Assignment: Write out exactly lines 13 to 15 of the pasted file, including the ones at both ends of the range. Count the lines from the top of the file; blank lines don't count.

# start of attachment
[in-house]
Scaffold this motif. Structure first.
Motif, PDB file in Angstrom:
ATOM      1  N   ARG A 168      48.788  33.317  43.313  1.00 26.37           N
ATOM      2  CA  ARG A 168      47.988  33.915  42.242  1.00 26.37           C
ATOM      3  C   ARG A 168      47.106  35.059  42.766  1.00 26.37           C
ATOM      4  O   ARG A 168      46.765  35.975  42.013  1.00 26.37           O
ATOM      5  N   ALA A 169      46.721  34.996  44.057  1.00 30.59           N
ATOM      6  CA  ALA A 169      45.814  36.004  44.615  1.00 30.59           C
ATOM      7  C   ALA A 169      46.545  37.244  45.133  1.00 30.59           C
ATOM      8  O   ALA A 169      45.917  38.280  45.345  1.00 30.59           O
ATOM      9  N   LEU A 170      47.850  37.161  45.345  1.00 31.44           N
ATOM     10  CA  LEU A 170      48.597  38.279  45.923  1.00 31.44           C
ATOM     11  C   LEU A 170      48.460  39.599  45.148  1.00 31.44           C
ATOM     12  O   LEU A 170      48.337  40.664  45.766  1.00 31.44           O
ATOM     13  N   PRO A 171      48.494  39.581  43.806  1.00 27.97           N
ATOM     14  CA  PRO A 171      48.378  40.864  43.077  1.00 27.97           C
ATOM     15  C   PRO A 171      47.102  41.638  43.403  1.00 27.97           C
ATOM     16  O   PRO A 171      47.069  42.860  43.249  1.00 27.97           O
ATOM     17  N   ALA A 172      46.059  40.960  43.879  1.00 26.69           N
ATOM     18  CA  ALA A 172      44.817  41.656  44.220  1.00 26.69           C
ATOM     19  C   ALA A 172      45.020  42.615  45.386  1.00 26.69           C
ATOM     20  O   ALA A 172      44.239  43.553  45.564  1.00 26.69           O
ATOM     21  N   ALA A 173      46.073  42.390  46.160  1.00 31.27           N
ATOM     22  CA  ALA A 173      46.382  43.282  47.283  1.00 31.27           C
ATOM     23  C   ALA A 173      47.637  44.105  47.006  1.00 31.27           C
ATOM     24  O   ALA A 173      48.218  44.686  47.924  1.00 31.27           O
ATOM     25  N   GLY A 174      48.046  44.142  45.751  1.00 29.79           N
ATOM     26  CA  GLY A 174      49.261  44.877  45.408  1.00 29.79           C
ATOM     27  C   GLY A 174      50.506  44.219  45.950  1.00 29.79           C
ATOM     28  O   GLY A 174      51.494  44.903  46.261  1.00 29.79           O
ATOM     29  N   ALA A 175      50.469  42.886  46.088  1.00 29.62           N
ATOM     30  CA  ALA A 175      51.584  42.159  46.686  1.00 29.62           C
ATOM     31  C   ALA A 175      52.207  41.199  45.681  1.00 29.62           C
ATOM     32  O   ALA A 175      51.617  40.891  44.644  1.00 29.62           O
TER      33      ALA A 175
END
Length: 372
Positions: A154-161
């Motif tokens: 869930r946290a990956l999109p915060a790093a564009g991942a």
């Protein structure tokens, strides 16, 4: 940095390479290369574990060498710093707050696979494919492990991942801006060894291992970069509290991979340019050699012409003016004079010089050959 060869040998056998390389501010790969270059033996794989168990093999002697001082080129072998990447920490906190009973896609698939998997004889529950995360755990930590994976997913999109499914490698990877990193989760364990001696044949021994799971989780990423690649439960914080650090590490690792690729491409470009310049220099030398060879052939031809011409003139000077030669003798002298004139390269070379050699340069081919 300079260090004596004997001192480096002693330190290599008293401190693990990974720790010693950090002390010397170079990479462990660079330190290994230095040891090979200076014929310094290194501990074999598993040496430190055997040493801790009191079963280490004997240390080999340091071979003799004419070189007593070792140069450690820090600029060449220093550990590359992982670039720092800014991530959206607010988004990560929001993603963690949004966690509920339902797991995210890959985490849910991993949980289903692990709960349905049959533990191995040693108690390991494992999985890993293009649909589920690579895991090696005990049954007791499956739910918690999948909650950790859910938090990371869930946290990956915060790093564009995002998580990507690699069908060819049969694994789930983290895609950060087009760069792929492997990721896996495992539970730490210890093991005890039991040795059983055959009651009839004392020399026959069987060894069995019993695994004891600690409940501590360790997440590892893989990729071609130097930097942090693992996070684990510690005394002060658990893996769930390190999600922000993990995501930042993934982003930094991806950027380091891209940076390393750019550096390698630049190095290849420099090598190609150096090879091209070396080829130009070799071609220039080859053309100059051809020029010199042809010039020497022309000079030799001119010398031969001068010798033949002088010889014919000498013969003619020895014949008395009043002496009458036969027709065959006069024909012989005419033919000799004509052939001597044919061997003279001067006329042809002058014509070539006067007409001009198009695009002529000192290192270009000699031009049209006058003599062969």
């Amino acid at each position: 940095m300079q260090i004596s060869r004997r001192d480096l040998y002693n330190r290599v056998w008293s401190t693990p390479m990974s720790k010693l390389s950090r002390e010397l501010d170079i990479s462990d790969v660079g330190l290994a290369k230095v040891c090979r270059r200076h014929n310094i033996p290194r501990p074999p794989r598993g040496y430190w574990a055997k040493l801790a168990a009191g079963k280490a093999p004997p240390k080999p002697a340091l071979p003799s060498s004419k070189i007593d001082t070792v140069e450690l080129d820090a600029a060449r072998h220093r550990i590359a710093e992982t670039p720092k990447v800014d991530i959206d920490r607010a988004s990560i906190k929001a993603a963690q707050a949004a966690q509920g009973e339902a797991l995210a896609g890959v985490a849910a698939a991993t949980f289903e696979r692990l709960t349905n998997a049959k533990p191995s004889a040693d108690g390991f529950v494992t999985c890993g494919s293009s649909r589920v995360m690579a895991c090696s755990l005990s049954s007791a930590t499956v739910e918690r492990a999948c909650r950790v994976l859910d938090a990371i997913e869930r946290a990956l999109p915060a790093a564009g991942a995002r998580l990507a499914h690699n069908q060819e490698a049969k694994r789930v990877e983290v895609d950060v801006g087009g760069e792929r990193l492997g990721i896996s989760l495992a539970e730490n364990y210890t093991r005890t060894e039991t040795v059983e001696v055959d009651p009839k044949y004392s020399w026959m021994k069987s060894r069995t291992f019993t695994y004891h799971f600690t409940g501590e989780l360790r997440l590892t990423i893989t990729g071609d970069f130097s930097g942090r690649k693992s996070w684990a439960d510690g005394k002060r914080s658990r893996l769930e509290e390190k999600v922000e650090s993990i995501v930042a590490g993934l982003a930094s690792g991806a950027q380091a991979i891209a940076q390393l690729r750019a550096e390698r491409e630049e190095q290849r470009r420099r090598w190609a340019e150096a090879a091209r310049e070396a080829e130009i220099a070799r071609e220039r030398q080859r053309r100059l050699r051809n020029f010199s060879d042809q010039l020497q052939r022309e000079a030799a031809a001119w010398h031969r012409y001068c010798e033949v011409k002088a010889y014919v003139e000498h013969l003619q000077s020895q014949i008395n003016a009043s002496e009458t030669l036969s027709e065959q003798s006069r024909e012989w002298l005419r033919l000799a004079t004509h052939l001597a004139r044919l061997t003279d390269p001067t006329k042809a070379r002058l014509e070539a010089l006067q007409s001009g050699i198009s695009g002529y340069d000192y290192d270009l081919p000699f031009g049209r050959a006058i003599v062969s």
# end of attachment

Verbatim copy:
ATOM     10  CA  LEU A 170      48.597  38.279  45.923  1.00 31.44           C
ATOM     11  C   LEU A 170      48.460  39.599  45.148  1.00 31.44           C
ATOM     12  O   LEU A 170      48.337  40.664  45.766  1.00 31.44           O